Courage, Community, Care: How I defeated COVID-19 — Manny Asika
Editor’s Note: Emmanuel “Manny” Asika spent 10 days at the Isolation Centre in the Infectious Diseases Hospital (IDH) in Yaba, Lagos. An IT professional who took precautions early to protect himself and his family against the novel coronavirus, he was shocked to learn that he had tested positive for COVID-19, when his ‘malaria symptoms’ persisted after treatment. In this exclusive piece for Nigeria Health Watch, Manny shares his journey from becoming a COVID-19 patient at IDH to becoming a COVID-19 survivor and advocate.
I remember waking up early on the 28th of February 2020 to the news that Nigeria had recorded its first case of COVID-19. My first instinct was to restrict movement in and out of my house immediately until we ascertained the details of the index case. We quickly implemented all the safety protocols: no one could enter my house without washing their hands and using hand sanitizers. We even restricted visiting and having visitors around my aged father as we considered him to be high risk. By the second week of March, as the number of COVID-19 cases continued to rise, my organisation decided to close our physical offices and start our Work from Home (WFH) policy. Within my limited sphere of influence, I was literally at the forefront of communicating and educating people about sticking to the required COVID-19 protocols. I had calculated the odds and I was thinking “We are over 200 million people in Nigeria. What are the odds that little me would contract the disease?” I thought I was taking the necessary precautions so I didn’t think that I would get it, not for a second. It was quite ironic, then, when I was told that I had tested positive for the virus.
I thought it was malaria, but the fever persisted
On the morning of Tuesday, 17th March 2020, a day after I started working from home, I noticed that I had classic malaria symptoms: a fever and body aches, so I went to a hospital in Victoria Island, Lagos, and got tested. It never occured to me that it could be COVID-19. My last trip outside the country was over a month before and I had shown no symptoms upon my return. The test results showed I had a bit of malaria, and we treated the malaria for two days. I finished the drugs, but the fever persisted. I got admitted, primarily because I was dehydrated, and I wasn’t eating well at this point. They did all the tests; the stool tests, the blood tests, everything. The doctors were very transparent and said to me, “Your tests are fine, but we don’t know why you still have a temperature and diarrhea.” They said they would do a second level stool culture test to ensure they were not missing anything.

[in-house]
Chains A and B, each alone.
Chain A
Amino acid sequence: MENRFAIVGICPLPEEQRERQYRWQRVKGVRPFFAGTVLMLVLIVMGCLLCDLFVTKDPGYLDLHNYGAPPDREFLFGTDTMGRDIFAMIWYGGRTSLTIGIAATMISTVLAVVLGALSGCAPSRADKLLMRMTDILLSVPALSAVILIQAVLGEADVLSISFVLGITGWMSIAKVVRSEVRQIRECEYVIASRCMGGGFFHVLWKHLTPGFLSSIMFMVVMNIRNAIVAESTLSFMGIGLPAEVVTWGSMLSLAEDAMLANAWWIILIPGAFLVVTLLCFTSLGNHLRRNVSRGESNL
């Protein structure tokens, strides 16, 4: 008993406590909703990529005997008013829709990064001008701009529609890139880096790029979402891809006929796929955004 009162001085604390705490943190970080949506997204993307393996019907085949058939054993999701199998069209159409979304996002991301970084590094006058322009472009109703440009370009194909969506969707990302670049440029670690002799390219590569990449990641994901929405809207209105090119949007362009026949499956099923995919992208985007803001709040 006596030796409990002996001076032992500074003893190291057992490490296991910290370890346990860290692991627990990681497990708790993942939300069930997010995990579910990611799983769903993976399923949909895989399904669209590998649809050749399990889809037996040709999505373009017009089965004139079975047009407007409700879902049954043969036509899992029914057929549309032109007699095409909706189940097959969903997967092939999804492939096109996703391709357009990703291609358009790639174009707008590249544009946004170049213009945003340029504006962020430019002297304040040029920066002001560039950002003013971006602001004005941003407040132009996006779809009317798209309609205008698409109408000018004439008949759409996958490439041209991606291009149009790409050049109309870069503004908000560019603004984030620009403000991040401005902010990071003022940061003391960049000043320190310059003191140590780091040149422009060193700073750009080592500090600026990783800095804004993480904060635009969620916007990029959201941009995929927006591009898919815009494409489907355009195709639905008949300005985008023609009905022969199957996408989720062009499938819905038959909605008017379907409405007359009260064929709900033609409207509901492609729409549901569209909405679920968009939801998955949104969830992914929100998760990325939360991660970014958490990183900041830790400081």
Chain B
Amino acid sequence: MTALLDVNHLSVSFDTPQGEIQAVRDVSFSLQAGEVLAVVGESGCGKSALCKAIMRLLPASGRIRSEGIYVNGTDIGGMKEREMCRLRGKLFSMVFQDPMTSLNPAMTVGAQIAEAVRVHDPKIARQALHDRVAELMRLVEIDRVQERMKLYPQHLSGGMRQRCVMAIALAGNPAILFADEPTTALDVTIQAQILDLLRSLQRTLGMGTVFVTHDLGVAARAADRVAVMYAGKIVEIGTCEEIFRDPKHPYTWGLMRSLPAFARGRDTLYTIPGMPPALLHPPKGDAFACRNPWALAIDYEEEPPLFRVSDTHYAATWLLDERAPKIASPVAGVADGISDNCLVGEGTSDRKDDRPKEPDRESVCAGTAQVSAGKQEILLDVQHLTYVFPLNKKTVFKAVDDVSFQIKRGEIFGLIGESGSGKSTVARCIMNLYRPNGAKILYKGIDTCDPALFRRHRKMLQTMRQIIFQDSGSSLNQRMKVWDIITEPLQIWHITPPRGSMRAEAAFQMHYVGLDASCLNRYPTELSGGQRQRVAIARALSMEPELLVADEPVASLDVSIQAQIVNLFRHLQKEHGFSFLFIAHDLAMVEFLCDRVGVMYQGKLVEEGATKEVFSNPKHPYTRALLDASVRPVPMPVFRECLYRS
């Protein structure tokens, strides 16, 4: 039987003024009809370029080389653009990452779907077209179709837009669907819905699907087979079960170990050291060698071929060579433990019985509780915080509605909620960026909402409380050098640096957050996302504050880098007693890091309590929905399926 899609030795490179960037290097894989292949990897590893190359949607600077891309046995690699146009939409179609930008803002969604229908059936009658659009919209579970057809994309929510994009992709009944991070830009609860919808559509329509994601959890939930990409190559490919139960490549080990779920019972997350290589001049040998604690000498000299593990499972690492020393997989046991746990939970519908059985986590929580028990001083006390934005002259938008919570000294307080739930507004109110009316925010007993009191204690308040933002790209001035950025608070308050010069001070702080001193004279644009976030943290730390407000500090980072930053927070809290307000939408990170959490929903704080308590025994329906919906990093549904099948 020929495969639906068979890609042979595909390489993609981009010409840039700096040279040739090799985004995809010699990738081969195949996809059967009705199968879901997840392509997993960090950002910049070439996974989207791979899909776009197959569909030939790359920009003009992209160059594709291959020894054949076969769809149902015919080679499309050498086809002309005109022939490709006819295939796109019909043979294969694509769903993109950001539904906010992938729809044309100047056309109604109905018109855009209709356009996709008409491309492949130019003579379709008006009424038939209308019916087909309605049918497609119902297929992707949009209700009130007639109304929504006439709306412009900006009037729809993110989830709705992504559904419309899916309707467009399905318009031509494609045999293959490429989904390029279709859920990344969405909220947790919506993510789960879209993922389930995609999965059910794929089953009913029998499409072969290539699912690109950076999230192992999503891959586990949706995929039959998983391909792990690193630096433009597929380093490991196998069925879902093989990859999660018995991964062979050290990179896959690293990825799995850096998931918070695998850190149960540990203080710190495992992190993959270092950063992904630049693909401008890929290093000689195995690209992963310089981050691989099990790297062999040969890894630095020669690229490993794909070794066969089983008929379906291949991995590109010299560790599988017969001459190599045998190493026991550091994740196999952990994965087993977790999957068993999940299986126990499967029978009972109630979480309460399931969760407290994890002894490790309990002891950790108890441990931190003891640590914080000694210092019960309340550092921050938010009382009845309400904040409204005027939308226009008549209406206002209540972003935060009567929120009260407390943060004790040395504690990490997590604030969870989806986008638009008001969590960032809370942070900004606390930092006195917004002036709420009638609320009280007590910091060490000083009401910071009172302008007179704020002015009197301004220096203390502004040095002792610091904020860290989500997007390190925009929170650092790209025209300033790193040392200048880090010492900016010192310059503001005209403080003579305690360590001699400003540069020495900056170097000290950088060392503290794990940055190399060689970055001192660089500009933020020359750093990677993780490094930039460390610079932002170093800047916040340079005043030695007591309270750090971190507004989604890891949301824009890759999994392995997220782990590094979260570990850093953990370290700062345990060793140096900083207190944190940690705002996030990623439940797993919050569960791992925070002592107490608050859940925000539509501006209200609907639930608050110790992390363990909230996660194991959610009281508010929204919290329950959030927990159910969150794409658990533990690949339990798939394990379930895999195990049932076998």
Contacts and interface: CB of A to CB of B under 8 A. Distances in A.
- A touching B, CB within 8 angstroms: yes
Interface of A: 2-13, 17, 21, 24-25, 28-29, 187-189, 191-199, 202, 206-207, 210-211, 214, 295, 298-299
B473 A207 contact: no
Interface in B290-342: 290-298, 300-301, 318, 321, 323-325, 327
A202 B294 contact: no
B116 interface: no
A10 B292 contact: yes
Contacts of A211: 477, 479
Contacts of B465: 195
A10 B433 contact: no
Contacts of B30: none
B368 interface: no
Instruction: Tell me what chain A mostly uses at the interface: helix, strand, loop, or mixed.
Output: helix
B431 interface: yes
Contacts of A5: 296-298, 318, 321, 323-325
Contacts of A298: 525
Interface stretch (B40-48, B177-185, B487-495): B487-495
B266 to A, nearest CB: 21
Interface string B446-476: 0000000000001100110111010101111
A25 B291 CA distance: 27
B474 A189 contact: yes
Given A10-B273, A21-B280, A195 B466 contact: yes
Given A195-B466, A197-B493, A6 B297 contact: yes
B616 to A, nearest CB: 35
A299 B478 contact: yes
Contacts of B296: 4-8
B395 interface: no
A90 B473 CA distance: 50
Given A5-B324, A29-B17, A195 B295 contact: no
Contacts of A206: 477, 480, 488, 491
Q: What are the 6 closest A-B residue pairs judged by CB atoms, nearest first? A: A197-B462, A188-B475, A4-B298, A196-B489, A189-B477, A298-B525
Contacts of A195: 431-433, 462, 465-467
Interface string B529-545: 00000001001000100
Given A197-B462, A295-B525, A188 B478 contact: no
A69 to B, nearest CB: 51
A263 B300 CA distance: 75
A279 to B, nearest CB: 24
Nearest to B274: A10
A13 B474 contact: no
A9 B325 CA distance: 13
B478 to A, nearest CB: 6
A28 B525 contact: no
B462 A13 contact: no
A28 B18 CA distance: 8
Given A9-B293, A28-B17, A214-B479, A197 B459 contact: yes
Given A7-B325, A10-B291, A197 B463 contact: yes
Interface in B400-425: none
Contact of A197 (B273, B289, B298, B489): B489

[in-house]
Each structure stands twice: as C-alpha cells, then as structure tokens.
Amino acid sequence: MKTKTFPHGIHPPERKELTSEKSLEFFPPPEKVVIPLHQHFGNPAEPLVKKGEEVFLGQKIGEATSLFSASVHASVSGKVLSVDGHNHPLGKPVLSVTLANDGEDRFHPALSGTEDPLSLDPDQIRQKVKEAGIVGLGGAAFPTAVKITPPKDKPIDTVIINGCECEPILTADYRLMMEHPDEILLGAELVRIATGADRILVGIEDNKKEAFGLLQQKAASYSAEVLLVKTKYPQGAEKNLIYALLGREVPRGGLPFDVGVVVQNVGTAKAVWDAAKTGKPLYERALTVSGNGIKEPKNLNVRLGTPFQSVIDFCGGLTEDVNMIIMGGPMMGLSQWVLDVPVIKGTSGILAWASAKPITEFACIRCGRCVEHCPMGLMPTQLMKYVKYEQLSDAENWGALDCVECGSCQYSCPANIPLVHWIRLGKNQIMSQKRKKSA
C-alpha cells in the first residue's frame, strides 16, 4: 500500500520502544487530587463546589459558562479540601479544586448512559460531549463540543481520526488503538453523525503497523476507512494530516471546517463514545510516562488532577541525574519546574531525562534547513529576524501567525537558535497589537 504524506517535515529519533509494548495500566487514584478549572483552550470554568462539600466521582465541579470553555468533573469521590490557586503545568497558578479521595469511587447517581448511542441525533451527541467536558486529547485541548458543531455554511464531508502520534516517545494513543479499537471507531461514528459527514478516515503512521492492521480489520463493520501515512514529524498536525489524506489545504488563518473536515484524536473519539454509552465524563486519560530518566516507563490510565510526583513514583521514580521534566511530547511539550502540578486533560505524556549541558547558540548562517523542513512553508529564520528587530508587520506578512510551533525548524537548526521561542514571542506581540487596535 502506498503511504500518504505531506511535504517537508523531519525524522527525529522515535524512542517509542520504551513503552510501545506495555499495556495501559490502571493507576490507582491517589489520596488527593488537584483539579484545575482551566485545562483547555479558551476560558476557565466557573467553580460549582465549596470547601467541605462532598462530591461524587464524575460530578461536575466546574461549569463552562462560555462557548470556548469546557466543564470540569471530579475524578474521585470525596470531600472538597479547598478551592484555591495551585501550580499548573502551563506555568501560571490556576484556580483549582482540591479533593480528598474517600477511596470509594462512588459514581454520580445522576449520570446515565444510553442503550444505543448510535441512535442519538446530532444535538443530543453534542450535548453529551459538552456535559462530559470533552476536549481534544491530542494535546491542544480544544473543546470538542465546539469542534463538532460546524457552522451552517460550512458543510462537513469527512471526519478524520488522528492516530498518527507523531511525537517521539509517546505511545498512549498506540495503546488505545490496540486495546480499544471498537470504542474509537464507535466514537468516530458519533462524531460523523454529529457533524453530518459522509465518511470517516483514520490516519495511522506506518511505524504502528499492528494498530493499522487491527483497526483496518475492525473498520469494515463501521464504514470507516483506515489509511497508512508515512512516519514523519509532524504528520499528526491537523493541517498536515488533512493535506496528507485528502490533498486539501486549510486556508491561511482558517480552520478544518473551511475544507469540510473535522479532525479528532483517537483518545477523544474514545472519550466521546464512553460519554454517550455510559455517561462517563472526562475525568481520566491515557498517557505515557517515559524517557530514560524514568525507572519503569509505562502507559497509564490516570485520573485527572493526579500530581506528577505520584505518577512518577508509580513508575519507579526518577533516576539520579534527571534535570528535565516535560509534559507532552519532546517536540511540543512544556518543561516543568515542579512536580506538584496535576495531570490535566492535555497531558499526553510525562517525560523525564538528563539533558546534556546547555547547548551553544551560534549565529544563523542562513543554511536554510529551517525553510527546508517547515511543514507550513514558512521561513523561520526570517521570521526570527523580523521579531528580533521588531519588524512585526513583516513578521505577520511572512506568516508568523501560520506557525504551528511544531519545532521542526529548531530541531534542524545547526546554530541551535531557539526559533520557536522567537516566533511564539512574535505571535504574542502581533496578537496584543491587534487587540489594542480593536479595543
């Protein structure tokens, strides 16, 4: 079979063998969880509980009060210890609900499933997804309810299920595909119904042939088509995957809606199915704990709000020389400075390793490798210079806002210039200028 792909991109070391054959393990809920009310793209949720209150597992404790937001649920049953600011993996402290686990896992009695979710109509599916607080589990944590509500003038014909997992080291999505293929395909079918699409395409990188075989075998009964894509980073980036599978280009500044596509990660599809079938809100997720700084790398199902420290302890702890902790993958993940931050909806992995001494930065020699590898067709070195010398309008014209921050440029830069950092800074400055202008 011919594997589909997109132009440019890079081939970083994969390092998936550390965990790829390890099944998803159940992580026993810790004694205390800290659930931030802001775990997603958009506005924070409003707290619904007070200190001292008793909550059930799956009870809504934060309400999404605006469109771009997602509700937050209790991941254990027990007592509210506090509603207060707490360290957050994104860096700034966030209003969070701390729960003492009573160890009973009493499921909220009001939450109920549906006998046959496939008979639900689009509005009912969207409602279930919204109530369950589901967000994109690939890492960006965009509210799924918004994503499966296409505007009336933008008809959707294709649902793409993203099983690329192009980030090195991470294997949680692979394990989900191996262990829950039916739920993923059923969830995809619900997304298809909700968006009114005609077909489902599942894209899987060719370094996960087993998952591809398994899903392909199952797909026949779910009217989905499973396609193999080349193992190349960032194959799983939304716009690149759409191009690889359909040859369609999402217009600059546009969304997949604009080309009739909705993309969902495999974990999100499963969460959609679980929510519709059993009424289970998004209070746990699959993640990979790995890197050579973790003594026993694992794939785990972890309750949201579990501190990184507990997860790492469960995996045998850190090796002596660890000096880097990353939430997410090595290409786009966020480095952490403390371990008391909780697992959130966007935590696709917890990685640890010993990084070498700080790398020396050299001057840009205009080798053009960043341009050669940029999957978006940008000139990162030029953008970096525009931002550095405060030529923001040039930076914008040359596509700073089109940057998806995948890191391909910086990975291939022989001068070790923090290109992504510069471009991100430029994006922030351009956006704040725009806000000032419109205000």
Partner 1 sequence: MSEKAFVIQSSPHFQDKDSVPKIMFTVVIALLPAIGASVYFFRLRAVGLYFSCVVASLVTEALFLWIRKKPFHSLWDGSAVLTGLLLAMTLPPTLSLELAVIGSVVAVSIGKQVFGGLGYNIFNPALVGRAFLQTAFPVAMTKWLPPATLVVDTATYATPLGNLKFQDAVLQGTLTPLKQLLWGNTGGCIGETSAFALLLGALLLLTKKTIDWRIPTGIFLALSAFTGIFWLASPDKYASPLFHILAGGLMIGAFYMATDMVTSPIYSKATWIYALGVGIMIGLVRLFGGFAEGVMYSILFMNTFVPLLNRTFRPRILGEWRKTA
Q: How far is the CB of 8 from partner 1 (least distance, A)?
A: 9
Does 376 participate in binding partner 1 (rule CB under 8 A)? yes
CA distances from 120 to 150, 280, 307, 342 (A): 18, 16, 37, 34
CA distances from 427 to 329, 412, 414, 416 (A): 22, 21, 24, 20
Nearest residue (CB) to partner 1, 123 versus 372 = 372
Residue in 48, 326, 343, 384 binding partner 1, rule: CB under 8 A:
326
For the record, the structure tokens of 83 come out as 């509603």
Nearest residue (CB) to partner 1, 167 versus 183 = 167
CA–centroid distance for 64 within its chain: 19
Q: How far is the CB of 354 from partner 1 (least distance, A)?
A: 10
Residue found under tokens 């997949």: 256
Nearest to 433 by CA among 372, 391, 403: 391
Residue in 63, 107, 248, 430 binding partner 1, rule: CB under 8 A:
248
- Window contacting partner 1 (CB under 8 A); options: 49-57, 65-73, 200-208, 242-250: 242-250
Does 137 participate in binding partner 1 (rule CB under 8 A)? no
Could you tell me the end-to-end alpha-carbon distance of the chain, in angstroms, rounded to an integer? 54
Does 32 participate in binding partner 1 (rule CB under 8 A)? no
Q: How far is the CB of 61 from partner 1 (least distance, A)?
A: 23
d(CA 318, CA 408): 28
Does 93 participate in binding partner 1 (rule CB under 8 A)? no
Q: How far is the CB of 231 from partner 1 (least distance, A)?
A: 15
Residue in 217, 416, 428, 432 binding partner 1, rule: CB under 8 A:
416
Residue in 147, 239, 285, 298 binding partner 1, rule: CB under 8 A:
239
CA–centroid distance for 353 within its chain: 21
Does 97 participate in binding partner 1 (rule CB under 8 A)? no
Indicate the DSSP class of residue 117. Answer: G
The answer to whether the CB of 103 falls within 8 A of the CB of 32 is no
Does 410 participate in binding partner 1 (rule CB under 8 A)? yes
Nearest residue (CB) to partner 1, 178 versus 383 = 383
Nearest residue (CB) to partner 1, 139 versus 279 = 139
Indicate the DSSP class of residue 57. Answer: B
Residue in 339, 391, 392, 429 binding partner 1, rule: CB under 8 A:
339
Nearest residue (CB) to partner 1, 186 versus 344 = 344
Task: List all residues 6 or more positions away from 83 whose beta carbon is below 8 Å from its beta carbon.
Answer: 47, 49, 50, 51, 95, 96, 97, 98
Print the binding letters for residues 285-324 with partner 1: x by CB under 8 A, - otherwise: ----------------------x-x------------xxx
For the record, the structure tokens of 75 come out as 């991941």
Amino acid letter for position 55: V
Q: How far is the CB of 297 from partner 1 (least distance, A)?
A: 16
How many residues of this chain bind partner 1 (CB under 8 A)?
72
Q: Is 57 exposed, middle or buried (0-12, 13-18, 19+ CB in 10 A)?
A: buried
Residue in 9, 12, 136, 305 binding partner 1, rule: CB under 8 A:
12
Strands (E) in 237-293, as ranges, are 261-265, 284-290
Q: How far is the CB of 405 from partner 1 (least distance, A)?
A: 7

How did we go from Malaria to COVID-19?
A day later, on March 18, 2020, one of the physicians came to me and told me he read the new World Health Organisation (WHO) guideline for COVID-19 and diarrhea had been added as one of the symptoms. He advised that we consider a COVID-19 test. Of course, I rebuffed this at first. How does one go from malaria to COVID-19 in an instant? I wanted to wait a bit longer. Eventually the fever persisted, and we had to do the test. We got in touch with the Nigeria Centre for Disease Control (NCDC) and, a few days later, on March 23, 2020, the test came out. It was positive.